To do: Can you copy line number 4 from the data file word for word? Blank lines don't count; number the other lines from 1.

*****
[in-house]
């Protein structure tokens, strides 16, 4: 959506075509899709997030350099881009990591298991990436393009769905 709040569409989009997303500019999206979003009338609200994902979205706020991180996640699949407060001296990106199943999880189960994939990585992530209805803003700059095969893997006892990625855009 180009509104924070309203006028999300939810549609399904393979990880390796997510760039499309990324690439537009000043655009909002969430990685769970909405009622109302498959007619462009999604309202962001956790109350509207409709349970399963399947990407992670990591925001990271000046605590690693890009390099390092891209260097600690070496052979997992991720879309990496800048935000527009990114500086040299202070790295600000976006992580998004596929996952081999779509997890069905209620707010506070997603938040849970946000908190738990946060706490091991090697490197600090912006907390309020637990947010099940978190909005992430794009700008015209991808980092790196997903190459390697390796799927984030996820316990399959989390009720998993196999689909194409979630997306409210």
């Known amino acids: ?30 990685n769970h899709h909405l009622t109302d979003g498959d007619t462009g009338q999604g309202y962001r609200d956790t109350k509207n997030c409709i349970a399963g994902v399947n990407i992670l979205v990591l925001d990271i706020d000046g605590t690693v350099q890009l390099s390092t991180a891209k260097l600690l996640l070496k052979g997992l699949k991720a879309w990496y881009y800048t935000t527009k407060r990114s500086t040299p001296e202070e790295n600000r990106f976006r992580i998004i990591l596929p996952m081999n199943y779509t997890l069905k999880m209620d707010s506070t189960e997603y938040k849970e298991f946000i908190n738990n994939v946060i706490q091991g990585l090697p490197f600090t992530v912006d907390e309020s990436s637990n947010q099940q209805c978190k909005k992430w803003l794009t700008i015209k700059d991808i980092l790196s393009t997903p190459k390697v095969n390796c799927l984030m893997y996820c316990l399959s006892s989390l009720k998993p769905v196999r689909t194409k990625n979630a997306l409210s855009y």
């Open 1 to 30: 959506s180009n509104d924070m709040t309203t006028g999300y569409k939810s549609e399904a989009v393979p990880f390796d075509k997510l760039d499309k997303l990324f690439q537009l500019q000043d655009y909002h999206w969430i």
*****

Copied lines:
């Open 1 to 30: 959506s180009n509104d924070m709040t309203t006028g999300y569409k939810s549609e399904a989009v393979p990880f390796d075509k997510l760039d499309k997303l990324f690439q537009l500019q000043d655009y909002h999206w969430i």